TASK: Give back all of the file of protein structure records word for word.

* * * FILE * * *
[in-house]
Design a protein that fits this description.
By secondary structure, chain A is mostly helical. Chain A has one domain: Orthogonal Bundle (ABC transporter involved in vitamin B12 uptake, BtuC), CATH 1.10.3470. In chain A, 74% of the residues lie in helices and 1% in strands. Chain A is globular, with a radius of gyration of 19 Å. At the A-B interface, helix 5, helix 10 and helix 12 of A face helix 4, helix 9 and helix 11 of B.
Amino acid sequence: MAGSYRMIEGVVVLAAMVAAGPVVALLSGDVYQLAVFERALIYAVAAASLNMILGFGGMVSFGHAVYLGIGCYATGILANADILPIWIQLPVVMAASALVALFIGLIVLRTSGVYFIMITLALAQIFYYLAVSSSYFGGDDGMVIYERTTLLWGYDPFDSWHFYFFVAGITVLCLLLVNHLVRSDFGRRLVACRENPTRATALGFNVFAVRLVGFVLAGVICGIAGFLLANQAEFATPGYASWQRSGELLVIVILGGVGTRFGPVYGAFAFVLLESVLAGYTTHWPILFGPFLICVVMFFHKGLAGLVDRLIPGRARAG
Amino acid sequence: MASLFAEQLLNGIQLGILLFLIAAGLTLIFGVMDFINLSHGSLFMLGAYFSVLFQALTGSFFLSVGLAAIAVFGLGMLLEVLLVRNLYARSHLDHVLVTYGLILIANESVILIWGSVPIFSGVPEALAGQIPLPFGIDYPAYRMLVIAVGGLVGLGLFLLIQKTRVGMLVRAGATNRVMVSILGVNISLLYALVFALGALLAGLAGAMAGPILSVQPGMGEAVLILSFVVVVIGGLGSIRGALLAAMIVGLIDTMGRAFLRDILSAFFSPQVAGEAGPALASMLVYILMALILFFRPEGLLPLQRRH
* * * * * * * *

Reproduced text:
[in-house]
Design a protein that fits this description.
By secondary structure, chain A is mostly helical. Chain A has one domain: Orthogonal Bundle (ABC transporter involved in vitamin B12 uptake, BtuC), CATH 1.10.3470. In chain A, 74% of the residues lie in helices and 1% in strands. Chain A is globular, with a radius of gyration of 19 Å. At the A-B interface, helix 5, helix 10 and helix 12 of A face helix 4, helix 9 and helix 11 of B.
Amino acid sequence: MAGSYRMIEGVVVLAAMVAAGPVVALLSGDVYQLAVFERALIYAVAAASLNMILGFGGMVSFGHAVYLGIGCYATGILANADILPIWIQLPVVMAASALVALFIGLIVLRTSGVYFIMITLALAQIFYYLAVSSSYFGGDDGMVIYERTTLLWGYDPFDSWHFYFFVAGITVLCLLLVNHLVRSDFGRRLVACRENPTRATALGFNVFAVRLVGFVLAGVICGIAGFLLANQAEFATPGYASWQRSGELLVIVILGGVGTRFGPVYGAFAFVLLESVLAGYTTHWPILFGPFLICVVMFFHKGLAGLVDRLIPGRARAG
Amino acid sequence: MASLFAEQLLNGIQLGILLFLIAAGLTLIFGVMDFINLSHGSLFMLGAYFSVLFQALTGSFFLSVGLAAIAVFGLGMLLEVLLVRNLYARSHLDHVLVTYGLILIANESVILIWGSVPIFSGVPEALAGQIPLPFGIDYPAYRMLVIAVGGLVGLGLFLLIQKTRVGMLVRAGATNRVMVSILGVNISLLYALVFALGALLAGLAGAMAGPILSVQPGMGEAVLILSFVVVVIGGLGSIRGALLAAMIVGLIDTMGRAFLRDILSAFFSPQVAGEAGPALASMLVYILMALILFFRPEGLLPLQRRH